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Institute of Peace and Conflict studies reviews “South and Southeast Asia”

by Tuli Sinha, Research Officer SEARP, IPCS
Link to original website

This book marks the success of the initiative taken by two extremely renowned research institutes of India and Southeast Asia. The Institute of Southeast Asian Studies (ISEAS) and Observer Research Foundation (ORF) assembled in Singapore to discuss the crucial issues emerging in South and Southeast Asia. The first Dialogue was held in New Delhi in 2006 and it focused on the Political and Security Dynamics of South and Southeast Asia. This book is the culmination of papers presented in the second Dialogue held in Singapore in 2009, which concentrated on Changing Geo-Political and Security Challenges in South and Southeast Asia. With a world engulfed in the aftermaths of financial meltdown and the uncertainty pertaining to the future trajectory of Asian geo politics and Asian regionalism, the dialogue efficiently selected themes to suit the changing power dynamics in South and Southeast Asia.

The book is divided across five major themes. First, on Major Power Dynamics in South and Southeast Asia, this incorporates the works of Dilip Lahiri and Daljit Singh regarding these two regions. The two essays examine the shifts in the dynamics of the super power relations in India and Southeast Asia. The changing role of the United States and China is explained in the context of end of Cold War and present day scenario in both the regions. Also, an effort is made to predict the future conflict or conditions of a peaceful co-existence among the super powers in the Asia-Pacific.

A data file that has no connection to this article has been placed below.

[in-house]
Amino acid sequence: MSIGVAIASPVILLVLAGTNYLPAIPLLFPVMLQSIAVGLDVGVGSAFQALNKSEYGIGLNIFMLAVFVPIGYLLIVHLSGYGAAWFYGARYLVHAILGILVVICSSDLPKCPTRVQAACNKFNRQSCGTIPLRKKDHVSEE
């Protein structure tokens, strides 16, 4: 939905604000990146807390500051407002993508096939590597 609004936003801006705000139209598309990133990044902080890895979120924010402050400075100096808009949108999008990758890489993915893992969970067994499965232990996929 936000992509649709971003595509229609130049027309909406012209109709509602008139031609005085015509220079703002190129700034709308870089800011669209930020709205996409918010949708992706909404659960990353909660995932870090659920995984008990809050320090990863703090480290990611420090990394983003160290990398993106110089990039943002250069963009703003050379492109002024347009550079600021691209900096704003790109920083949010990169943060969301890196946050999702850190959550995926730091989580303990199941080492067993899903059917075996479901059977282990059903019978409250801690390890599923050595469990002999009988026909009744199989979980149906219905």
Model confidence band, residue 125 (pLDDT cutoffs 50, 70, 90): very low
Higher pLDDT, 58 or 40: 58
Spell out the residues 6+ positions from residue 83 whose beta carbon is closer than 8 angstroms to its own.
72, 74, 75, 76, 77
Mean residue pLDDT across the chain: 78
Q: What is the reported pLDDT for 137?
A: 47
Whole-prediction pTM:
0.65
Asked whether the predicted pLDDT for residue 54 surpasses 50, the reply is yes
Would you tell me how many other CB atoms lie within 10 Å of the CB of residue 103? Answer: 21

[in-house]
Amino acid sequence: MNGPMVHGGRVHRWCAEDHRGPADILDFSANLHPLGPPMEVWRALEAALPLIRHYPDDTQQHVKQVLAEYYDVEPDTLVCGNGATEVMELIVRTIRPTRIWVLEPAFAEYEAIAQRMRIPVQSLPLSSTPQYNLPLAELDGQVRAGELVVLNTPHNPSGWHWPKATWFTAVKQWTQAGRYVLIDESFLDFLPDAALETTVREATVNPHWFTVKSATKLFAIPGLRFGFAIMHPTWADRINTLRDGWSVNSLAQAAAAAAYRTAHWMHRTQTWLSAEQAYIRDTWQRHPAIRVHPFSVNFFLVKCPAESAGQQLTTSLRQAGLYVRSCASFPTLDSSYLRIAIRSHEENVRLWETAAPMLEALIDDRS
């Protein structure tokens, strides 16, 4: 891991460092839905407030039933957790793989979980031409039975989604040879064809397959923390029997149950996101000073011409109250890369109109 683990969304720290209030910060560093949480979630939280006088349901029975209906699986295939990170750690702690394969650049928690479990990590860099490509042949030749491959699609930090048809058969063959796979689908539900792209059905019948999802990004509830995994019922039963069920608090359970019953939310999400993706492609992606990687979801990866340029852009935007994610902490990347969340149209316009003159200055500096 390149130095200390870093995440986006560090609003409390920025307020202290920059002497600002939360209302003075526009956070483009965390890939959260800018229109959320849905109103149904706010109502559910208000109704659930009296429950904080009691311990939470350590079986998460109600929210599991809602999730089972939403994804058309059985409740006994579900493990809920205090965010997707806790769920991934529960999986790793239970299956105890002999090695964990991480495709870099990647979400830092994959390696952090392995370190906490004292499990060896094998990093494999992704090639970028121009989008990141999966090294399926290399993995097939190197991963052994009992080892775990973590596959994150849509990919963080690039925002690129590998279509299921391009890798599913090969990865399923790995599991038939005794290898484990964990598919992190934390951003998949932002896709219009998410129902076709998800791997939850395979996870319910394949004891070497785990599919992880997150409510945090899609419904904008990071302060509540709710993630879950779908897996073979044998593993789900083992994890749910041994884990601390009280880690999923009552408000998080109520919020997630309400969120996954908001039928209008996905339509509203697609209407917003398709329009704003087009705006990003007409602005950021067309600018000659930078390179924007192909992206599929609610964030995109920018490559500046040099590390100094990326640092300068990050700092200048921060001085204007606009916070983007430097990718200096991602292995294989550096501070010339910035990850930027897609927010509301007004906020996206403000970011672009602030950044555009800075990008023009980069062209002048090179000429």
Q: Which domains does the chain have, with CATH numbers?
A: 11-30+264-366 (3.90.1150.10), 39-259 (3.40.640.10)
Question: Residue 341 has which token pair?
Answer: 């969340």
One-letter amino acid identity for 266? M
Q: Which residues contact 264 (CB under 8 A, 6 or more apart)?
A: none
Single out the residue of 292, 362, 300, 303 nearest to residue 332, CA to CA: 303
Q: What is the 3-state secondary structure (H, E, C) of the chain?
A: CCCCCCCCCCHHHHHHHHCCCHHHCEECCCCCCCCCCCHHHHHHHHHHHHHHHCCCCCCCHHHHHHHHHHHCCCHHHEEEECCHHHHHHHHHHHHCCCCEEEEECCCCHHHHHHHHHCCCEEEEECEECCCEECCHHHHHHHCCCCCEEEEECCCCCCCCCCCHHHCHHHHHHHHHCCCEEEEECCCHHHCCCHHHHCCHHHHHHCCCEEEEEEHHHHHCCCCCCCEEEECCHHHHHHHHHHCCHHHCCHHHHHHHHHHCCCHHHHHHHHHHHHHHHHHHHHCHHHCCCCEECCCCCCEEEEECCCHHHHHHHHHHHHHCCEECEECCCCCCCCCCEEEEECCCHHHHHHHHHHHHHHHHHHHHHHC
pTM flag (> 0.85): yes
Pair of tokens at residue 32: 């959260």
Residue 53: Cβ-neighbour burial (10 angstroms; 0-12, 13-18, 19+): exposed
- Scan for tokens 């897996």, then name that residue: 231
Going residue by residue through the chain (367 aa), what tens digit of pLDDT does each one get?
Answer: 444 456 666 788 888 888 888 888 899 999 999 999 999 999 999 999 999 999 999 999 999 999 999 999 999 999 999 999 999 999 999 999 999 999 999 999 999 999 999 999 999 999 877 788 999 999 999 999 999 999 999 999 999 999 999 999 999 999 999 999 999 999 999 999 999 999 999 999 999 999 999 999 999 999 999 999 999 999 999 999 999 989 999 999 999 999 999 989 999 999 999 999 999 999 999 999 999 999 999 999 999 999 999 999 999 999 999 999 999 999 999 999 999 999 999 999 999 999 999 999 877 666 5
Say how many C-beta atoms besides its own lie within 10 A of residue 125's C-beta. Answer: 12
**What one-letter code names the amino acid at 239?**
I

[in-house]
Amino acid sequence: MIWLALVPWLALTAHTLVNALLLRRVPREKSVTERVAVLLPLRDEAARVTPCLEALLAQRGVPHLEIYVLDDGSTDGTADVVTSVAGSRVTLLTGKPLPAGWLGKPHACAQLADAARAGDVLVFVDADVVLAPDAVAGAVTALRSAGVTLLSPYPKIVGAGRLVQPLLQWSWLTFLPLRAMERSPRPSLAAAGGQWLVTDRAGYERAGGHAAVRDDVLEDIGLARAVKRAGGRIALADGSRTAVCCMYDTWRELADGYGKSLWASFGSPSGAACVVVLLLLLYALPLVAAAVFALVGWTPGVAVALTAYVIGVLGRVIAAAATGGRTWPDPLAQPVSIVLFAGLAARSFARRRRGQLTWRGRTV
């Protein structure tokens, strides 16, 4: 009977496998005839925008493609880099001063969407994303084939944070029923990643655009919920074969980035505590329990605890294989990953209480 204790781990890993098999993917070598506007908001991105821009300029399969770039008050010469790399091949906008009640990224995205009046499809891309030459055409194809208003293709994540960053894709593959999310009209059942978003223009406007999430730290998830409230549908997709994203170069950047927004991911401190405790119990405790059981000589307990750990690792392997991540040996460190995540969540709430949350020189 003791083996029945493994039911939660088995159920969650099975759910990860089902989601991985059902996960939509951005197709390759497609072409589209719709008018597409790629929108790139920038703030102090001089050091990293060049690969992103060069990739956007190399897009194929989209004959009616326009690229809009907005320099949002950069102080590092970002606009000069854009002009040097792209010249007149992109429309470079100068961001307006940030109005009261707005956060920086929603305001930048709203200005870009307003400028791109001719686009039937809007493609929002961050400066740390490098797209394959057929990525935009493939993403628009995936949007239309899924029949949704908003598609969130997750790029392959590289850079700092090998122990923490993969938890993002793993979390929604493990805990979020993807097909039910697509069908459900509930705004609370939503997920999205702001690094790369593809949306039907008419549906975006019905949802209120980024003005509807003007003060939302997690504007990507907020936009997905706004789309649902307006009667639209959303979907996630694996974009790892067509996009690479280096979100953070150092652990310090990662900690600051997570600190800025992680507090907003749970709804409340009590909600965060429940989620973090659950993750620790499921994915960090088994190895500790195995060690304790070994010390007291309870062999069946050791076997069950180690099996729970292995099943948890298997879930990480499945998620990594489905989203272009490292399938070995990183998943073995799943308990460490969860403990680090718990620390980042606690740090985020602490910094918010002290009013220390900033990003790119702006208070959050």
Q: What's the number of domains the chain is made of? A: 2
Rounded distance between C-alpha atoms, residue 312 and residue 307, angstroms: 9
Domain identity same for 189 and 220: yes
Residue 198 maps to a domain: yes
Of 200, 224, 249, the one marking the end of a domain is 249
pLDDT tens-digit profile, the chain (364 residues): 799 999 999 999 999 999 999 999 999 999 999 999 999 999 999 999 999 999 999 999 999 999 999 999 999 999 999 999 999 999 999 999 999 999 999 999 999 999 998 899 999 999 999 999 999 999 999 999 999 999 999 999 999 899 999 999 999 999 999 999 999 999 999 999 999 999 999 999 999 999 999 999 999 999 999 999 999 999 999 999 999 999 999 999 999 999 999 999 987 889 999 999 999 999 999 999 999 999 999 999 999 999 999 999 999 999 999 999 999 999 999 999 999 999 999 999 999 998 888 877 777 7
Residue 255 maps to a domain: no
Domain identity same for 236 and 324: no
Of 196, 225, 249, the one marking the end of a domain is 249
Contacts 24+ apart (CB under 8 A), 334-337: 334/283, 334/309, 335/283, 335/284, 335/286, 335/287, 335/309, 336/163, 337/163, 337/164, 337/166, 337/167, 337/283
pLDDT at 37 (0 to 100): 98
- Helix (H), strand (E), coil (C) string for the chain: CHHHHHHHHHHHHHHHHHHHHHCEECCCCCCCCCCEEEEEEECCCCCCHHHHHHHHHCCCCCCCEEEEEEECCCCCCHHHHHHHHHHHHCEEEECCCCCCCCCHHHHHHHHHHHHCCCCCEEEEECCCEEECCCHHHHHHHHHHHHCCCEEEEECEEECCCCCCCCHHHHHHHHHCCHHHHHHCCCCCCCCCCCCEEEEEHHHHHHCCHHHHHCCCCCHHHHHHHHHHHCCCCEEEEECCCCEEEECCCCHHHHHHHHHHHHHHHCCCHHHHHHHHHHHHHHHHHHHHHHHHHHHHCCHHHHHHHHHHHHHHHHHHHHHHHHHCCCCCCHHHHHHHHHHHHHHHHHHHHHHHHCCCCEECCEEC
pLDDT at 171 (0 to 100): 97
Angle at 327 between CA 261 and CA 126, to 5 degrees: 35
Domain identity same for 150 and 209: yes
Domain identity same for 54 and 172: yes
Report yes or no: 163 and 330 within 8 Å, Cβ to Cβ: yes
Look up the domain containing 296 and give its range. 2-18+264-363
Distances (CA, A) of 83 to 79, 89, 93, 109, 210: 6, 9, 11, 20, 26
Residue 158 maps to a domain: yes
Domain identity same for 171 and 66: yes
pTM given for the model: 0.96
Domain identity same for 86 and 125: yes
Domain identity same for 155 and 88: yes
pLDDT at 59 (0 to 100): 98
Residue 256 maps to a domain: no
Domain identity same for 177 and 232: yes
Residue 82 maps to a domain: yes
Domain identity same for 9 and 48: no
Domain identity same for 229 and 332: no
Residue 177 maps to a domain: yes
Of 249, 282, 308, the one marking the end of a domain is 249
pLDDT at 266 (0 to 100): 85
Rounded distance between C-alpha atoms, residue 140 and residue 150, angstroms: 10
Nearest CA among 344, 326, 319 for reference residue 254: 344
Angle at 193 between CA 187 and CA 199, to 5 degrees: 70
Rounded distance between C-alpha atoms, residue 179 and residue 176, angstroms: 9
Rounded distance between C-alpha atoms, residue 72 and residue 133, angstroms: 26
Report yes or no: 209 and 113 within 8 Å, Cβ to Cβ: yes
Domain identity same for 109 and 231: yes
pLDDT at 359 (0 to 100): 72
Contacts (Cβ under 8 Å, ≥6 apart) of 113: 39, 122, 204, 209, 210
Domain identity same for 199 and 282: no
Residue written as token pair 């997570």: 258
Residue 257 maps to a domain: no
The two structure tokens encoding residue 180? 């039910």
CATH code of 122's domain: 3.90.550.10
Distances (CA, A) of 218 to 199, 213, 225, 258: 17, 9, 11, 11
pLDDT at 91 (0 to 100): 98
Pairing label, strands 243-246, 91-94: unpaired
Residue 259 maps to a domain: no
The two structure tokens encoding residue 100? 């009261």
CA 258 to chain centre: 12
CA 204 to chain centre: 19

The second theme focuses on the Rise of Asian Maritime Power and its Implications on Southeast Asia. This section contains essays by Vijay Sakhuja and Admiral P S Das, which gives a detailed account of the rising Chinese naval strength and Indian concerns on maritime security issues. Their work brings forth the direct implication of a strong Chinese naval base for Southeast Asia and India. The phenomenal rise of China as a regional power in terms of maritime might is a matter of concern for Southeast Asian and Indian security as the seas are and have always been the fundamental source of trade and energy explorations.

The third section of the book deals with Security Issues in Southeast Asia by Ian Storey, Carlyle A Thayer and K Yhome. These works revolve around the central issues of concern in Southeast Asian context. The South China Sea Dispute is examined in context of the 2002 Declaration on the Conduct of Parties.  The other chapter in the section is on Myanmar, which is one of the most dynamic and strategically located countries of Southeast Asia. The chapter argues that given the context of rising geo strategic importance of the region, it becomes imperative to assess the current situation and the future prospects of Myanmar in particular. With unlimited avenues of energy and other economic and commercial opportunities, this region is eventually looked upon as the hub of economic activities by the external powers. Despite prolonged conditions of political turmoil and instability, the region has managed to carve a niche in the eyes of China and the United States for future engagements which is highly commendable.

The fourth theme deals with the Evolving Asian Regionalism and comprises essays by Rodolfo C. Severino and K V Kesavan. These works primarily discuss the role of regional institutions amidst the rise of East Asian regionalism and India’s position. They have exquisitely explained the formation and significance of ASEAN and its several offshoots that have emerged over the years. There is also a detailed mention of the concept of Look East Policy of India and its future with regards to maritime and nuclear security concerns.